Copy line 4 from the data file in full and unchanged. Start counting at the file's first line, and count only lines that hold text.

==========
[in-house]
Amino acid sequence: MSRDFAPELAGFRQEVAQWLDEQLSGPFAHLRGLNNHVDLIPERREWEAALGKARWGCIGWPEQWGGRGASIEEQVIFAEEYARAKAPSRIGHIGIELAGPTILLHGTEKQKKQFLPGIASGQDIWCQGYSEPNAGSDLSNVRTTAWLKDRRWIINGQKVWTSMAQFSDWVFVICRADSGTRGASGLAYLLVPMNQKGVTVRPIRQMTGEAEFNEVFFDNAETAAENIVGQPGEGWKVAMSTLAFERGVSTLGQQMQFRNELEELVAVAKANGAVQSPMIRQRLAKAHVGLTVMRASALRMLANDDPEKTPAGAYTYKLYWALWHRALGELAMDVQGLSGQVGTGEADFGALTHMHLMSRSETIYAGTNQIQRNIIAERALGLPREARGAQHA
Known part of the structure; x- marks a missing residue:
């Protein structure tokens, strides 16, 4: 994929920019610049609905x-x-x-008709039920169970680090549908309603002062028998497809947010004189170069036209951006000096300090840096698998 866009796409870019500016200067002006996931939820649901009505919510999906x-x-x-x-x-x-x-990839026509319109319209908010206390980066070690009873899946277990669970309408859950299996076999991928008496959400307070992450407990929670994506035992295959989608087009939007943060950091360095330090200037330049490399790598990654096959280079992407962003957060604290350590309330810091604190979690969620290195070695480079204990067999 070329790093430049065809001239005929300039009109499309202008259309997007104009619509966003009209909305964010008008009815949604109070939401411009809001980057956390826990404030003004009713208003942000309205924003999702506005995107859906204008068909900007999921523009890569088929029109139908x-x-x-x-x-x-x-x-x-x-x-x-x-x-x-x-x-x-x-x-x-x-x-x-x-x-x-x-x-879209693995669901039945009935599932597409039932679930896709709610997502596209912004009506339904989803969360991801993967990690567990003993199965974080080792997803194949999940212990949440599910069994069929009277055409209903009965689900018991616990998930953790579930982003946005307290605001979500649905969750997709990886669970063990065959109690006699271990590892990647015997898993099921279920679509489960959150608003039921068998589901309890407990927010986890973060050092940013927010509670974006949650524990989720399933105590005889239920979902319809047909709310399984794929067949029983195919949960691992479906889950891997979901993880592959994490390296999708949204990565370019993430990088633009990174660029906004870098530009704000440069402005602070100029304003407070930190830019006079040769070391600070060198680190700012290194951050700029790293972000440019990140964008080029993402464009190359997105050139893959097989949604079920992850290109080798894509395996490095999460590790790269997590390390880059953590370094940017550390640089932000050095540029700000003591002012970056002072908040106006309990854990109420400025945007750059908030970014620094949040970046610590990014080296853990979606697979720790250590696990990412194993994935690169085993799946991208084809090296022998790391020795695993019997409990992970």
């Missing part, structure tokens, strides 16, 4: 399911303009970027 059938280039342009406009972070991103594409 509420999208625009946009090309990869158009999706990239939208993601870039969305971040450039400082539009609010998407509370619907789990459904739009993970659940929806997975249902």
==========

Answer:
């Protein structure tokens, strides 16, 4: 994929920019610049609905x-x-x-008709039920169970680090549908309603002062028998497809947010004189170069036209951006000096300090840096698998 866009796409870019500016200067002006996931939820649901009505919510999906x-x-x-x-x-x-x-990839026509319109319209908010206390980066070690009873899946277990669970309408859950299996076999991928008496959400307070992450407990929670994506035992295959989608087009939007943060950091360095330090200037330049490399790598990654096959280079992407962003957060604290350590309330810091604190979690969620290195070695480079204990067999 070329790093430049065809001239005929300039009109499309202008259309997007104009619509966003009209909305964010008008009815949604109070939401411009809001980057956390826990404030003004009713208003942000309205924003999702506005995107859906204008068909900007999921523009890569088929029109139908x-x-x-x-x-x-x-x-x-x-x-x-x-x-x-x-x-x-x-x-x-x-x-x-x-x-x-x-x-879209693995669901039945009935599932597409039932679930896709709610997502596209912004009506339904989803969360991801993967990690567990003993199965974080080792997803194949999940212990949440599910069994069929009277055409209903009965689900018991616990998930953790579930982003946005307290605001979500649905969750997709990886669970063990065959109690006699271990590892990647015997898993099921279920679509489960959150608003039921068998589901309890407990927010986890973060050092940013927010509670974006949650524990989720399933105590005889239920979902319809047909709310399984794929067949029983195919949960691992479906889950891997979901993880592959994490390296999708949204990565370019993430990088633009990174660029906004870098530009704000440069402005602070100029304003407070930190830019006079040769070391600070060198680190700012290194951050700029790293972000440019990140964008080029993402464009190359997105050139893959097989949604079920992850290109080798894509395996490095999460590790790269997590390390880059953590370094940017550390640089932000050095540029700000003591002012970056002072908040106006309990854990109420400025945007750059908030970014620094949040970046610590990014080296853990979606697979720790250590696990990412194993994935690169085993799946991208084809090296022998790391020795695993019997409990992970």